President Ma Ying-jeou (馬英九) yesterday said he hoped to further develop relations with countries that do not have diplomatic ties with Taiwan, an apparent deviation from his previous proposal of a “diplomatic truce” with Beijing.
Ma made the remarks yesterday morning while receiving Hungarian Congressman Jeno Lasztovicza at the Presidential Office.
Ma told the delegation — the largest of its kind since Hungary’s representative office was established in Taiwan in 1990 — that his foreign policy would be different from that of the previous administration.
“On the one hand, we will strengthen friendships with our diplomatic allies. On the other, we will cherish friendly and cooperative relations with countries that do not have diplomatic relations with us,” he said. “As both sides of the Taiwan Strait improve their relations, we hope to further develop ties with non-diplomatic allies.”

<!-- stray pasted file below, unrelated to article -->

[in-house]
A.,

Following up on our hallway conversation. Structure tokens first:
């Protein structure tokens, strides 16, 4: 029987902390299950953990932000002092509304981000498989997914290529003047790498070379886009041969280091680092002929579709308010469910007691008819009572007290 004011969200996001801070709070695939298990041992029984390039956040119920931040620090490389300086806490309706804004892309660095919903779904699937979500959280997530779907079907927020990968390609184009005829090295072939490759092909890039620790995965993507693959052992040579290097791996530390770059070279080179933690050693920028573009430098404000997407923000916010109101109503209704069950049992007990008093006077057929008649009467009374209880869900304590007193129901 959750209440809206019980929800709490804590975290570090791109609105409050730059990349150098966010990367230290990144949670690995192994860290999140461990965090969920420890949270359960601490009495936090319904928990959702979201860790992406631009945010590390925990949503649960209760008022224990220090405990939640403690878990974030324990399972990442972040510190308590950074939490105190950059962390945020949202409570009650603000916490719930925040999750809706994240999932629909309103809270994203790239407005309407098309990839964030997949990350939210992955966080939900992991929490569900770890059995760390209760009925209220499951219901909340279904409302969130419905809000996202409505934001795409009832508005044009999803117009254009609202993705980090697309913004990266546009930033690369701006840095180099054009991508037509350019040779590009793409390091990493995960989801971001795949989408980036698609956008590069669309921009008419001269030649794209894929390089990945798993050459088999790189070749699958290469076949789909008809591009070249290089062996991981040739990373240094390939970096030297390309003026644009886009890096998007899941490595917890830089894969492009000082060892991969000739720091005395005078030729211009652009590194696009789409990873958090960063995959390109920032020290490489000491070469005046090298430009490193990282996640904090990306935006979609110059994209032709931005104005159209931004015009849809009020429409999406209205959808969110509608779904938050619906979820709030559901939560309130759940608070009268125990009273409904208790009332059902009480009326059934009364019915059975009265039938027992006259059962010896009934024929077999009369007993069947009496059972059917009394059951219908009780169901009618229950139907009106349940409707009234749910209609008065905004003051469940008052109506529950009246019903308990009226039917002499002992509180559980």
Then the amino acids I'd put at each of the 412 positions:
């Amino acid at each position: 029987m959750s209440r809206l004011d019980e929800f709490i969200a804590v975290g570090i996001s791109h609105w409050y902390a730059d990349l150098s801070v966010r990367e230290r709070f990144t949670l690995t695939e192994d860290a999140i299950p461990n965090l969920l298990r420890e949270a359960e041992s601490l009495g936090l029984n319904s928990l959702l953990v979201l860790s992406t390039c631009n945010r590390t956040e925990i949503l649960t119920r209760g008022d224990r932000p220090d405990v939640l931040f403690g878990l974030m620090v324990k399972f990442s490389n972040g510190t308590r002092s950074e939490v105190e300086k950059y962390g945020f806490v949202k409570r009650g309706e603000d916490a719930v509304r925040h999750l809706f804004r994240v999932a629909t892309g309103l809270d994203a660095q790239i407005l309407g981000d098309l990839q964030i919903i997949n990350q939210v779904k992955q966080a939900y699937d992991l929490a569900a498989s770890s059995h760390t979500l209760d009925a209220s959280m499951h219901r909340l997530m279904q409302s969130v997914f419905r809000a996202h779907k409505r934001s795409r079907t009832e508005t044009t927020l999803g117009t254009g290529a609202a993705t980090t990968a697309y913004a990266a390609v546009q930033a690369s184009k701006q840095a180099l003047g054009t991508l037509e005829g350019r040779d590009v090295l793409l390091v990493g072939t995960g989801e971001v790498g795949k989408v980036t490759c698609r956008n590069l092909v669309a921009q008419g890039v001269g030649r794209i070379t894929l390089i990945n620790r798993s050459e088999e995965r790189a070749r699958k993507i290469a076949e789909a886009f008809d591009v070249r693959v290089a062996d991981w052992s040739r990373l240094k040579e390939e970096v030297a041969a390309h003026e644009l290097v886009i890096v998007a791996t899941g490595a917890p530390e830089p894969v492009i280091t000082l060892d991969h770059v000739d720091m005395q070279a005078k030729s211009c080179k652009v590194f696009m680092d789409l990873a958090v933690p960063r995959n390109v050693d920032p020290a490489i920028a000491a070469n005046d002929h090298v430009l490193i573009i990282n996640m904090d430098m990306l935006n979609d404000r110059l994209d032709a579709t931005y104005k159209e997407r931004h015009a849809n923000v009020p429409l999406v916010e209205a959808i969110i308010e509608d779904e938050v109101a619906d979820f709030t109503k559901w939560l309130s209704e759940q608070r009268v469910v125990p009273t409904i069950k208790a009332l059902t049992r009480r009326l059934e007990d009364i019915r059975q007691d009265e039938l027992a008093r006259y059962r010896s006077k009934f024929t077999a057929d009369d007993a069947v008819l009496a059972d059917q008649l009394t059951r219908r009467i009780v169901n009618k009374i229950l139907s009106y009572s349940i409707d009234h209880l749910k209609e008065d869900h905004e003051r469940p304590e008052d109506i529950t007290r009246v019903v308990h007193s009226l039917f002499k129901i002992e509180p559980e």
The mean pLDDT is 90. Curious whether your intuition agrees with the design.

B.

In line with Ma’s “diplomatic truce” with Beijing, Minister of Foreign Affairs Francisco Ou (歐鴻鍊) had previously said that Taiwan would concentrate more on cementing ties with existing allies rather than seeking to make new friends.
Taiwan’s relations with Hungary reached a low point in 2002 when Beijing lodged a protest after then vice president Annette Lu (呂秀蓮) visited Hungary and boasted about a diplomatic breakthrough.
Ma yesterday expressed appreciation that members of the Taiwan Friendship Group at the Hungarian parliament had grown over the years, from 20 to 30 members.
Ma said there was much room for growth in bilateral trade with Hungary. As Taiwan had a trade surplus, Ma said he hoped his country would buy more goods from Hungary to balance the trade inequality.
As EU investment in Taiwan was more than that of the US and Japan, Ma said the country would continue to strengthen its relationships with its EU partners.